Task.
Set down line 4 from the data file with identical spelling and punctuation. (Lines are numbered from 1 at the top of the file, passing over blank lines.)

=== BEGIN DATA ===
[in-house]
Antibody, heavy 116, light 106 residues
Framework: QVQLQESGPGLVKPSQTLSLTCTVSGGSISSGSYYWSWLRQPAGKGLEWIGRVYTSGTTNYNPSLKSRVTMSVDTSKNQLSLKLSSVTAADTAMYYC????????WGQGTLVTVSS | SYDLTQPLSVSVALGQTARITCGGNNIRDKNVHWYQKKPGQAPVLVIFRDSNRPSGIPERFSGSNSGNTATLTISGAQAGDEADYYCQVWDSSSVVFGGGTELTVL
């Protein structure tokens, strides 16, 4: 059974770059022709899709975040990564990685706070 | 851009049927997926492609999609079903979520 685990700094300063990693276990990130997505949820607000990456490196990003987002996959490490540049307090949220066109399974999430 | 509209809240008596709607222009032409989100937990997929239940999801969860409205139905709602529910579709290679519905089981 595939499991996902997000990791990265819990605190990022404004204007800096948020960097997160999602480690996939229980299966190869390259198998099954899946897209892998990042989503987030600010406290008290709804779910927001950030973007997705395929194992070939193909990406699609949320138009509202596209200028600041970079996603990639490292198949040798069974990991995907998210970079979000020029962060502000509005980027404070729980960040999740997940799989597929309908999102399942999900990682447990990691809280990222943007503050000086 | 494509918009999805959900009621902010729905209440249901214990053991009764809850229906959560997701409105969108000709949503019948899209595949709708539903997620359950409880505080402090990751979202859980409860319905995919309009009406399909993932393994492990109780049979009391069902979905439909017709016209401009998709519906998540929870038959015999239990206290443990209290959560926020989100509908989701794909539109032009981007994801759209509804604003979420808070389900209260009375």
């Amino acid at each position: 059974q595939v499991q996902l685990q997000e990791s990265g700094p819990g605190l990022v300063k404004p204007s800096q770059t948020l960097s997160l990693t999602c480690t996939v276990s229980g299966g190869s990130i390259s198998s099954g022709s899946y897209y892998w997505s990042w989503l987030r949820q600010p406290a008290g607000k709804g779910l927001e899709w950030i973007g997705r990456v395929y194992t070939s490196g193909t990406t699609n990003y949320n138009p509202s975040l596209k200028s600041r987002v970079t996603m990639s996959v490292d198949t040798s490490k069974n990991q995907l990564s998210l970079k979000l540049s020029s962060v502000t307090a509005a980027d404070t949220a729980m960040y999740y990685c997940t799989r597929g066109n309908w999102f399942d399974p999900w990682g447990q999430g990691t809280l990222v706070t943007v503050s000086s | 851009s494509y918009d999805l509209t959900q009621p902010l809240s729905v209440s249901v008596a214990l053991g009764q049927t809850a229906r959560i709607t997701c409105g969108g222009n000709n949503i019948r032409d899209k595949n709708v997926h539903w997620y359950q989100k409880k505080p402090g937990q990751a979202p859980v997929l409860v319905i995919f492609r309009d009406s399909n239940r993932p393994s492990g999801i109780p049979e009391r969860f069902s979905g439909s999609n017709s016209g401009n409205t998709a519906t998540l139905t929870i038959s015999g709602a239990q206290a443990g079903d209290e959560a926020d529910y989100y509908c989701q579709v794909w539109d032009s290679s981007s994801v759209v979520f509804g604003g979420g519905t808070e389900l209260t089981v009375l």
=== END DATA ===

């Protein structure tokens, strides 16, 4: 059974770059022709899709975040990564990685706070 | 851009049927997926492609999609079903979520 685990700094300063990693276990990130997505949820607000990456490196990003987002996959490490540049307090949220066109399974999430 | 509209809240008596709607222009032409989100937990997929239940999801969860409205139905709602529910579709290679519905089981 595939499991996902997000990791990265819990605190990022404004204007800096948020960097997160999602480690996939229980299966190869390259198998099954899946897209892998990042989503987030600010406290008290709804779910927001950030973007997705395929194992070939193909990406699609949320138009509202596209200028600041970079996603990639490292198949040798069974990991995907998210970079979000020029962060502000509005980027404070729980960040999740997940799989597929309908999102399942999900990682447990990691809280990222943007503050000086 | 494509918009999805959900009621902010729905209440249901214990053991009764809850229906959560997701409105969108000709949503019948899209595949709708539903997620359950409880505080402090990751979202859980409860319905995919309009009406399909993932393994492990109780049979009391069902979905439909017709016209401009998709519906998540929870038959015999239990206290443990209290959560926020989100509908989701794909539109032009981007994801759209509804604003979420808070389900209260009375």